Technical issue likely to blame for Iranian news channel outage, says Eutelsat
TAMPA, Fla. — A technical issue likely knocked Iran’s Press TV temporarily off the air last week, Eutelsat said as the French satellite operator calls on partners to stop broadcasting the news channel to comply with European sanctions.
The Iranian state-owned news network lashed out at Eutelsat Dec. 7 via Twitter and an article — which has since been updated — after losing service for what it described as an attack on free speech.
Press TV initially said Eutelsat had “taken Press TV off air” before updating the article’s text to instead focus on a notification about plans to drop the channel without mentioning the service outage.
Daphne Joseph-Gabriel, Eutelsat’s corporate communications officer, said the service interruption was likely caused by “a technical incident on the feeder signal” and therefore not in its control.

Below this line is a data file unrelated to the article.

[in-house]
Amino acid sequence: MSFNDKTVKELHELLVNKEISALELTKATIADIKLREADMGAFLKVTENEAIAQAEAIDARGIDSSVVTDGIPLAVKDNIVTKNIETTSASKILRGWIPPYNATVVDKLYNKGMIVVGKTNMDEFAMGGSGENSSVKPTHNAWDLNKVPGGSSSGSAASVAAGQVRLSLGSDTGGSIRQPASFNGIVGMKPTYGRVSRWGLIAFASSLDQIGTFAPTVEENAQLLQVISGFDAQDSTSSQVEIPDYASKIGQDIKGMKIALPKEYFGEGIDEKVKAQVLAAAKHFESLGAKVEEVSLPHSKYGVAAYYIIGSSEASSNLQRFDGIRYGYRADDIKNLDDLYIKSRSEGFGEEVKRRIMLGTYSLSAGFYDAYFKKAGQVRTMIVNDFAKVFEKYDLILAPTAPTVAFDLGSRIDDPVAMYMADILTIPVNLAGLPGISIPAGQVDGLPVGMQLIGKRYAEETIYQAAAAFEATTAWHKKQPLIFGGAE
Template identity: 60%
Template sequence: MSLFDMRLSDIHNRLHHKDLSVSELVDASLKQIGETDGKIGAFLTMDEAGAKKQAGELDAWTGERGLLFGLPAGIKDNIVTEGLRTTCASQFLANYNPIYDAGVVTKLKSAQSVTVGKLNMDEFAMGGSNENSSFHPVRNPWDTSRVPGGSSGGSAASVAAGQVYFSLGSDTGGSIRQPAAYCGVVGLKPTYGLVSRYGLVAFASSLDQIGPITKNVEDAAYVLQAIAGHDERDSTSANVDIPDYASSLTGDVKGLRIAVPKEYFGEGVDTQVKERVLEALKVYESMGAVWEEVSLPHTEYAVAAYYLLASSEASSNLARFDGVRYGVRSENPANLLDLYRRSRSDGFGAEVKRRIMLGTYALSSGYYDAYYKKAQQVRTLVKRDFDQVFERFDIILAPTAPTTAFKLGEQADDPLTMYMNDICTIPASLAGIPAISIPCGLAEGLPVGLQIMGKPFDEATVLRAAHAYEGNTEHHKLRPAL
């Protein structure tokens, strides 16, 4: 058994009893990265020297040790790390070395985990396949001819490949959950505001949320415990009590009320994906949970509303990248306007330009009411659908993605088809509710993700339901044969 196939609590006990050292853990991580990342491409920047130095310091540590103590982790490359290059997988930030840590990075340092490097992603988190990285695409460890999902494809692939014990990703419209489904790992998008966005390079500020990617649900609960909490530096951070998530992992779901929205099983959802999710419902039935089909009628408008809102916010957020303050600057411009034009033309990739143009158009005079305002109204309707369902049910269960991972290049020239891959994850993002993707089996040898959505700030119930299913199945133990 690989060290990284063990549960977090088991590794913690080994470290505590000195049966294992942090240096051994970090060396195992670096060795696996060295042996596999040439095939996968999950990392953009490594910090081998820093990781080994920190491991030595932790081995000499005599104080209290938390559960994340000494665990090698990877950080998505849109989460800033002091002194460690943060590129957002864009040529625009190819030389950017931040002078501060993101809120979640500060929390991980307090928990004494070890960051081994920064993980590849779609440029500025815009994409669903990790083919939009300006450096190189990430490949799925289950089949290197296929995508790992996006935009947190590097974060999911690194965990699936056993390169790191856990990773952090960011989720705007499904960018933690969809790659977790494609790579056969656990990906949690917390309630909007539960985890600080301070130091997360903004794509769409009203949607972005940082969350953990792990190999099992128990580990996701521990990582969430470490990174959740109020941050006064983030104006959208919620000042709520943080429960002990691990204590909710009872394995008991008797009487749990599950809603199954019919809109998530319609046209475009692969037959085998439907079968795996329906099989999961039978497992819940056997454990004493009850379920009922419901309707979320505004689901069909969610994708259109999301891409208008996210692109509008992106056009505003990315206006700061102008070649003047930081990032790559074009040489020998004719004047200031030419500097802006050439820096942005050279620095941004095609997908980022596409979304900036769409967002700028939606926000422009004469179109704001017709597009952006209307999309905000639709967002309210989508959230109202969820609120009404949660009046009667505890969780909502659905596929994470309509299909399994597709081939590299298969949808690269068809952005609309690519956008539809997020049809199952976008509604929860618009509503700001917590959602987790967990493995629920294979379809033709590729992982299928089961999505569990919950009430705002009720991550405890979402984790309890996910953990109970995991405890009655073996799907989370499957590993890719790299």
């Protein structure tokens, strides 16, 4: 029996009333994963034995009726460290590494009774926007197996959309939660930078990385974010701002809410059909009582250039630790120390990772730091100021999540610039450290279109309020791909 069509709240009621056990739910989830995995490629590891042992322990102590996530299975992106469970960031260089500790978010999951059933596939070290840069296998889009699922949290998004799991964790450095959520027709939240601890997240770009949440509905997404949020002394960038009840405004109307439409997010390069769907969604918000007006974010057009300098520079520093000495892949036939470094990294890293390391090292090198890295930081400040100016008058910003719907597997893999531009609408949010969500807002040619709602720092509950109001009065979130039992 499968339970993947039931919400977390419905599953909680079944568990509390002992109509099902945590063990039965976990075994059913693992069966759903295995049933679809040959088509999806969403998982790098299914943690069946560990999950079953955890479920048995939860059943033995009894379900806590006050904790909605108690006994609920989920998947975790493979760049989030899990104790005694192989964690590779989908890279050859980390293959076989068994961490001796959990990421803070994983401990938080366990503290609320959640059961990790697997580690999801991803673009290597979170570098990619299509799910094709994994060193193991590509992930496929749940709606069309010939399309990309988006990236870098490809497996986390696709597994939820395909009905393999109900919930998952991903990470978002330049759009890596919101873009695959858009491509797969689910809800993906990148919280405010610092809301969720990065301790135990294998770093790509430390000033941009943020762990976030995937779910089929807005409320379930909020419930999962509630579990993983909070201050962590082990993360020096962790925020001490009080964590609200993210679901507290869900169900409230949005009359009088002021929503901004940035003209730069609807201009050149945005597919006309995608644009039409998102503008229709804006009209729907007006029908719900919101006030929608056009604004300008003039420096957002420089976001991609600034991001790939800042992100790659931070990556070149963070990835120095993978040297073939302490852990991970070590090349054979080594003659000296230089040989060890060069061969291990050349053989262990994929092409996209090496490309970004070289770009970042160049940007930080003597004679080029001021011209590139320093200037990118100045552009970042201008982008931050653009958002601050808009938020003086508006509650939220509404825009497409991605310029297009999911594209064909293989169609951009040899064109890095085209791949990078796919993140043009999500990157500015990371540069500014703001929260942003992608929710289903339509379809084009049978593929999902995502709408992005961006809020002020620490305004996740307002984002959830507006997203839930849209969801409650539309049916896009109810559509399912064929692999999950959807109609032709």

“In the case at hand, Eutelsat does not have any direct commercial relationship with PressTV,” Joseph-Gabriel told SpaceNews via email.
“It is therefore up to its distributors and partners to comply with the sanctions-related provisions of its contracts.”
Eutelsat sent out an official request to immediately cease broadcasting Press TV after the Council of the European Union singled the channel out in a Nov. 14 round of sanctions against Iran.
The Council said the EU holds Press TV “responsible for producing and broadcasting the forced confessions of detainees” amid widespread unrest in Iran following the death of a woman while in police custody.
Depending on how a channel is uplinked, Joseph-Gabriel said in some cases only the broadcaster has the ability to discontinue the service of a specific channel.
“In such cases, Eutelsat is not able to remove the channels without impacting other legitimate channels on the same transponder that are not targeted by sanctions,” she said.
She said the French operator “is closely monitoring the situation” and will “consider further action accordingly.”
Satellite broadcasters straddle a fine line between facilitating free speech and promoting propaganda. It is an issue that continues to play out in Russia, where Eutelsat is under pressure to curb broadcasts of pro-Kremlin content amid the country’s war in Ukraine.